Generic Atorvastatin in US This Month

November 03, 2011

November 3, 2011 (New York, New York) The pharmaceutical world will be turned upside down later this month when the lipid-lowering agent atorvastatin (Lipitor, Pfizer), which has claimed the number-one spot in drug sales for the past five years [1], loses its patent protection in the US.

Lipitor had sales last year of $10.7 billion, and Pfizer says that 17 million patients have been prescribed the drug in the US [1]. The drug loses its patent protection in the US on November 30, 2011, when the generic company Ranbaxy Laboratories is expected to launch its generic product.

Ranbaxy has six months of marketing exclusivity for its generic form of atorvastatin in the US, but Pfizer will also introduce its own "authorized" generic, through Watson Pharmaceuticals. In addition, Pfizer is understood to have made deals with certain pharmacy-benefit management companies to sell brand-name Lipitor at a lower price, in a bid to retain some of the market share. It has also launched a "Lipitor for you" program, which includes a card limiting a patient's copayment to $4, valid until the end of 2012, with the company reimbursing the pharmacy the remaining copayment value.

Even so, the price of the drug will reduce substantially, as will Pfizer's market share, which has led to large-scale job losses at the company.

Good News for Patients

But Pfizer's loss is a massive gain for patients, who will now be able to access a highly potent statin for a lot less. It is estimated that a 30-day supply of generic atorvastatin will cost around $30 to $50, compared with the current price of $200 for Lipitor. After Ranbaxy's six-month exclusivity is over next May, many other generics will become available, which will cause a further drop in price.

Dr Roger Blumenthal (Johns Hopkins University, Baltimore, MD) pointed out to heartwire that while several other statins are already available as generics (including simvastatin, pravastatin, fluvastatin, and lovastatin), atorvastatin is more potent and can achieve greater reductions in LDL cholesterol more easily and is therefore a popular choice. Blumenthal estimates that atorvastatin accounts for about half the statin population at present, and the numbers of patients taking this drug should now increase further as it becomes more affordable.

Dr William Boden (University at Buffalo Schools of Medicine, NY), told heartwire that the availability of generic atorvastatin will bring "big changes" to the prescribing of statins. "Even though we have had four other generic statins available for some time, doctors still prescribe Lipitor. This is because there are a lot of data supporting its use; the 80-mg dose has emerged as the agent of choice for ACS patients, and Pfizer has heavily promoted the product. There is now a reflex attitude that this is the best agent to use."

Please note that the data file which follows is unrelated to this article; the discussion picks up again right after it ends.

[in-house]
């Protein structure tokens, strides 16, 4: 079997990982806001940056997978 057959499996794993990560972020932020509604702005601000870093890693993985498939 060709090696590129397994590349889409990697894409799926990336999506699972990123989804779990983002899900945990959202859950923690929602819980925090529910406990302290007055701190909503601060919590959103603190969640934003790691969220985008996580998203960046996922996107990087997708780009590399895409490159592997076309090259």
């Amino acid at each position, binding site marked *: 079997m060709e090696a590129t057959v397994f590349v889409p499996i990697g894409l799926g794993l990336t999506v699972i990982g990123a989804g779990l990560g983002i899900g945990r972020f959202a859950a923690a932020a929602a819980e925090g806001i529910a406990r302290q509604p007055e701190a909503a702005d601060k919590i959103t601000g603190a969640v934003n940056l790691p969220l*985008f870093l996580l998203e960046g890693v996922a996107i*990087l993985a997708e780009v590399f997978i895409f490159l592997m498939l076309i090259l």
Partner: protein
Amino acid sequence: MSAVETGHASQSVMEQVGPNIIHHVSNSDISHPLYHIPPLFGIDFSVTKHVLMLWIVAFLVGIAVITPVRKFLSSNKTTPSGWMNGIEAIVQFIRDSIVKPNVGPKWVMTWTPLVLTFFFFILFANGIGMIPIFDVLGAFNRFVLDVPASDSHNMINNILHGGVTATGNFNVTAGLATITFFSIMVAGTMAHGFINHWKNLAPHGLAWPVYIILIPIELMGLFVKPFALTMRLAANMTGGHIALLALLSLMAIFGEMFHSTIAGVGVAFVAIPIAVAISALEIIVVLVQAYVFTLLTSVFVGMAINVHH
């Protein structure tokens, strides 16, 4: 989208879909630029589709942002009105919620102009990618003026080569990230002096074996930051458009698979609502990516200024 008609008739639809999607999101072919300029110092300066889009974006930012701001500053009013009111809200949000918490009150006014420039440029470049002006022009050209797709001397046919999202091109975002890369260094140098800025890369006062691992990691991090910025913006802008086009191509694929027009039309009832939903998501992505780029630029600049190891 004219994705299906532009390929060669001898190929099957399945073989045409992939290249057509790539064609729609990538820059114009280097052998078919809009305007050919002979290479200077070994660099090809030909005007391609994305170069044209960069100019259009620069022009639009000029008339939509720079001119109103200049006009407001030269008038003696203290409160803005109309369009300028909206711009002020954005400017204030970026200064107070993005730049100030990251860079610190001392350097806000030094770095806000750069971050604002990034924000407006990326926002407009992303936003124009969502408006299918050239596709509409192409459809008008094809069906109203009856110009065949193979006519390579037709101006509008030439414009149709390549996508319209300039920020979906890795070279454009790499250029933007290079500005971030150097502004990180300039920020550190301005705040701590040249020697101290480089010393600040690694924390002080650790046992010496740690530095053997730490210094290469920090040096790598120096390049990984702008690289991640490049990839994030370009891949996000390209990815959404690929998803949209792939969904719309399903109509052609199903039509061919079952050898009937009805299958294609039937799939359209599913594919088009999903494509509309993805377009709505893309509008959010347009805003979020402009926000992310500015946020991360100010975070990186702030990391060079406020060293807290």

Rosuvastatin to Take a Hit

Boden notes that another casualty of the arrival of generic atorvastatin will be rosuvastatin (Crestor, AstraZeneca). "While rosuvastatin is probably a little more powerful, it doesn't have quite as much data, and it hasn't achieved as much market penetration as Lipitor. We have switched to rosuvastatin because our hospital formulary negotiated a good price, but this will probably change when generic atorvastatin becomes available. Price is a major driver in these decisions."

But he says from a public-health standpoint, generic atorvastatin is "great news."

"At the moment the most widely prescribed generic statin is simvastatin. This will now change to atorvastatin, as all those patients who can't afford the large copays on the branded product will be able to get it much cheaper. That means more people will be on a more powerful statin, and cholesterol levels in general should be lower."

Already Off Patent in Canada and Spain.

Pfizer told heartwire that the patents had already expired on Lipitor in Canada and Spain, and generics were already available in these markets. For most other European countries, Pfizer has been granted an additional six months' patent protection in return for developing a pediatric formulation, and so generic competition would start in mid-2012.

In the longer term, Pfizer says it is looking at introducing a nonprescription form of Lipitor in the US, but this would not happen until at least 2013 because of the regulatory hurdles needed, the company's CEO, Ian Read, said recently. This will depend on whether the FDA deems an over-the-counter version appropriate. It has previously prevented Merck from selling an OTC version of lovastatin, because of concerns that it wouldn't be used by the right patients. However, an OTC version of simvastatin has been available in the UK since 2004 for people at risk of heart disease (sold under the supervision of a pharmacist).

Pfizer No Longer Number One

Loss of Lipitor patent will knock Pfizer off the top of the perch in terms of pharmaceutical sales. It has enjoyed this pole position for many years, based primarily on Lipitor revenues. It is now thought that Sanofi-Aventis will take first place in 2012, followed by Novartis, with Pfizer relegated to third place, according to a report by EvaluatePharma [3].


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